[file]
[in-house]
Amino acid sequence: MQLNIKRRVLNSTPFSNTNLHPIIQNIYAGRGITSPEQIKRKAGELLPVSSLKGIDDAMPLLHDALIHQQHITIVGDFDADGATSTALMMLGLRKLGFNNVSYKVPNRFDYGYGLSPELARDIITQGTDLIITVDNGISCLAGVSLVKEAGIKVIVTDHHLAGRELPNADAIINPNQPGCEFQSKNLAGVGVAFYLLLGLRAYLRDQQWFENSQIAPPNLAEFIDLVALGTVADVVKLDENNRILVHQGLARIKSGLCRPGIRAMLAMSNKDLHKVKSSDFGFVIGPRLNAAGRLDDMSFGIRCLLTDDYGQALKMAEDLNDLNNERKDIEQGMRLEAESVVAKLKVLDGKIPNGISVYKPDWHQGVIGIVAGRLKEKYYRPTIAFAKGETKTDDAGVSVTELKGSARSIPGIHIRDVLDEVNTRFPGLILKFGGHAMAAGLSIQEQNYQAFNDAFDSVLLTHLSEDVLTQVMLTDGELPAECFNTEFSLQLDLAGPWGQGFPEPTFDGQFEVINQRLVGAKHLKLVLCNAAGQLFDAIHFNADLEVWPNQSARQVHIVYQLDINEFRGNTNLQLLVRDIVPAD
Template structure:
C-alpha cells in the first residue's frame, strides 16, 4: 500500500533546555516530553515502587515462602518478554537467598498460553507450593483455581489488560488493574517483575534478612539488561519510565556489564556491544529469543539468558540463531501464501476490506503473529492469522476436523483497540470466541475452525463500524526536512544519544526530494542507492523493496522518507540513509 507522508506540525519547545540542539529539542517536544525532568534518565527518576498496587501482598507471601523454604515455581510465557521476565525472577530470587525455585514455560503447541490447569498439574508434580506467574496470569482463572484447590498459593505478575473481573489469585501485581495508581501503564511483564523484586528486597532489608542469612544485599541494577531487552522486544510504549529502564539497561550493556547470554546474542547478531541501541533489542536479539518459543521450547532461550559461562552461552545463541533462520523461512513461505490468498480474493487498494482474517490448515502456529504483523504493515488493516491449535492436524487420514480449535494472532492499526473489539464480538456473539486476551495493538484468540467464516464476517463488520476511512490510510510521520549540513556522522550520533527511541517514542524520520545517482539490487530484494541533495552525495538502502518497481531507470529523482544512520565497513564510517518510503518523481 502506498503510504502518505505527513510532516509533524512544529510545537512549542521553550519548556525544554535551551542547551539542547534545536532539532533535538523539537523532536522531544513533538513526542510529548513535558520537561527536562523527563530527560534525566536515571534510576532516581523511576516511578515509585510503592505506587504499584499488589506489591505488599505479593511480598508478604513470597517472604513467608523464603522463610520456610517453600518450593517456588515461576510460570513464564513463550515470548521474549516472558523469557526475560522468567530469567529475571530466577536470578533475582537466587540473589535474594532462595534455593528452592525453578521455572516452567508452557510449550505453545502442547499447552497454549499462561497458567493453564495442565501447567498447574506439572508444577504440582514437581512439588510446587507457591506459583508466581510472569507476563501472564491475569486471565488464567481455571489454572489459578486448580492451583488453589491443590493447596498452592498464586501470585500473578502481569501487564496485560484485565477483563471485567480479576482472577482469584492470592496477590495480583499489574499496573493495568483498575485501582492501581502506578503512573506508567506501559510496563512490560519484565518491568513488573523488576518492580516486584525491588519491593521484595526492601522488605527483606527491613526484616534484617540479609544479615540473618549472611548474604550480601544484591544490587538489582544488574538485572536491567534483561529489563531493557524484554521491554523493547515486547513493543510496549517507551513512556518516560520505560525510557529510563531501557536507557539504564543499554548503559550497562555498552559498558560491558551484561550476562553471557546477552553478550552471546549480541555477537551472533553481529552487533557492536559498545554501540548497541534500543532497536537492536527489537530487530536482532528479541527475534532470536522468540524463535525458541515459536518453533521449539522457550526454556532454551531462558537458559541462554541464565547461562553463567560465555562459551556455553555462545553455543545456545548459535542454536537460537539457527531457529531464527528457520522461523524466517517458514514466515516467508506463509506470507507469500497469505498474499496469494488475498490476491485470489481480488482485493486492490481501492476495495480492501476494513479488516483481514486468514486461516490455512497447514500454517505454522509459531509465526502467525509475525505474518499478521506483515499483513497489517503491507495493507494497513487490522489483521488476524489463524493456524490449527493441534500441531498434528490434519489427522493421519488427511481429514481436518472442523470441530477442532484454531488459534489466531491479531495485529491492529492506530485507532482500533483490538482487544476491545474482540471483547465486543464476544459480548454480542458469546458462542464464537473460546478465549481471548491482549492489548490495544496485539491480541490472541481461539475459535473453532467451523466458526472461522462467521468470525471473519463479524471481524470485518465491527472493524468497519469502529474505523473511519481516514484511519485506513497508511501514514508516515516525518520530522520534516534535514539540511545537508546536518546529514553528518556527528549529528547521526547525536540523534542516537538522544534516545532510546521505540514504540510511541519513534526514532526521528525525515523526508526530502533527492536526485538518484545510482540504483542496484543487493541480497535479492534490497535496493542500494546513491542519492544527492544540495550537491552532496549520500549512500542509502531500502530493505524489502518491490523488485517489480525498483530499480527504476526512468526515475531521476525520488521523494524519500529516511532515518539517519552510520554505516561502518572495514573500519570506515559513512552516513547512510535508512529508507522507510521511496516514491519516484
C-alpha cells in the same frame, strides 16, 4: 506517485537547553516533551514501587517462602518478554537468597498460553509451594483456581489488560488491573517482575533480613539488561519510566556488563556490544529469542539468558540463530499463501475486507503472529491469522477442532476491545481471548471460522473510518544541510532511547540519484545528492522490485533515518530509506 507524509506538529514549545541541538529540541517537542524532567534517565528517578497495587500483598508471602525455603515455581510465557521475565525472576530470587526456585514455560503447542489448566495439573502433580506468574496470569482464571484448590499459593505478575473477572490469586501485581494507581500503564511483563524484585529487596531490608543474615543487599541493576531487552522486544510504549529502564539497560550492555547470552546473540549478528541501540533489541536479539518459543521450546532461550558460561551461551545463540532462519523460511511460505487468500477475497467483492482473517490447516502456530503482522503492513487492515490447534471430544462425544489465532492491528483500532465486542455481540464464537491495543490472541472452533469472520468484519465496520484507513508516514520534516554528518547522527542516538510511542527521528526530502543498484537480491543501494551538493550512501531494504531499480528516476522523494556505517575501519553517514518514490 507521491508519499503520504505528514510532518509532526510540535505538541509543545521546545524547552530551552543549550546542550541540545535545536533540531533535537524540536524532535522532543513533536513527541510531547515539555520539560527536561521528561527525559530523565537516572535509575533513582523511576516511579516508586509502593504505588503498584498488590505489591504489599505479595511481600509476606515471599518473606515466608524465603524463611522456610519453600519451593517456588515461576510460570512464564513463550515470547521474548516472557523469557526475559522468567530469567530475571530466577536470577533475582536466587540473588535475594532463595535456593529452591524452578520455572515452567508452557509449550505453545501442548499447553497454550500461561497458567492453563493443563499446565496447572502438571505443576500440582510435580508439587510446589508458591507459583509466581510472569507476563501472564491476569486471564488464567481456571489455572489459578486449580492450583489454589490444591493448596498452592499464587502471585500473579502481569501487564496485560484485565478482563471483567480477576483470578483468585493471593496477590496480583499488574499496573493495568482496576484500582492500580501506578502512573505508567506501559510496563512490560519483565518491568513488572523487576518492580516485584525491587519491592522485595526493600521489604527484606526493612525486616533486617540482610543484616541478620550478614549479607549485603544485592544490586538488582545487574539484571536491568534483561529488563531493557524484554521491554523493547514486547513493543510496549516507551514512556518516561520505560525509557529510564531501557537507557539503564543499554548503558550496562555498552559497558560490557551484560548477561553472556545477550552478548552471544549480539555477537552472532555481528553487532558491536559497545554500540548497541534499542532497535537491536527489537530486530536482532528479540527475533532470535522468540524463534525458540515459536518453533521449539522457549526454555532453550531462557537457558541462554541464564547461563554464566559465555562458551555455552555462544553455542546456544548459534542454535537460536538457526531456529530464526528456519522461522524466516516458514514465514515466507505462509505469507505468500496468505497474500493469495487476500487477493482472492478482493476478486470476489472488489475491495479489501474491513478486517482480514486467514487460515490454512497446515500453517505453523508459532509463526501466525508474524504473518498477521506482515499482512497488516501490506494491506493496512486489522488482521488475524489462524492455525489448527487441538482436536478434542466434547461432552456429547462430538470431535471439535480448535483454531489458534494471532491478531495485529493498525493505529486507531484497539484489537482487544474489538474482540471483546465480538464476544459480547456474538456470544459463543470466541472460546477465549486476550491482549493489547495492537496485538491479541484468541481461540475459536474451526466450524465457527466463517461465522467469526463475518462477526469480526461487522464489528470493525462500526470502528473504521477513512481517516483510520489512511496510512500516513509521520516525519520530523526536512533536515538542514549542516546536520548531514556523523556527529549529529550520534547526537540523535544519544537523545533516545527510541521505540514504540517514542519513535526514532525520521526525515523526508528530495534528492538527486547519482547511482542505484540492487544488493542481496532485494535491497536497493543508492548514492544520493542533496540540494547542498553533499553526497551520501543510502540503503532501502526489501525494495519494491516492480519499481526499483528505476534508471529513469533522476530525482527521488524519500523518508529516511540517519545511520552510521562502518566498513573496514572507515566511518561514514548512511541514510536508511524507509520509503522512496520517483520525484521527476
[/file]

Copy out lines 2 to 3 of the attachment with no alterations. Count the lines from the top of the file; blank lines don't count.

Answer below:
Amino acid sequence: MQLNIKRRVLNSTPFSNTNLHPIIQNIYAGRGITSPEQIKRKAGELLPVSSLKGIDDAMPLLHDALIHQQHITIVGDFDADGATSTALMMLGLRKLGFNNVSYKVPNRFDYGYGLSPELARDIITQGTDLIITVDNGISCLAGVSLVKEAGIKVIVTDHHLAGRELPNADAIINPNQPGCEFQSKNLAGVGVAFYLLLGLRAYLRDQQWFENSQIAPPNLAEFIDLVALGTVADVVKLDENNRILVHQGLARIKSGLCRPGIRAMLAMSNKDLHKVKSSDFGFVIGPRLNAAGRLDDMSFGIRCLLTDDYGQALKMAEDLNDLNNERKDIEQGMRLEAESVVAKLKVLDGKIPNGISVYKPDWHQGVIGIVAGRLKEKYYRPTIAFAKGETKTDDAGVSVTELKGSARSIPGIHIRDVLDEVNTRFPGLILKFGGHAMAAGLSIQEQNYQAFNDAFDSVLLTHLSEDVLTQVMLTDGELPAECFNTEFSLQLDLAGPWGQGFPEPTFDGQFEVINQRLVGAKHLKLVLCNAAGQLFDAIHFNADLEVWPNQSARQVHIVYQLDINEFRGNTNLQLLVRDIVPAD
Template structure: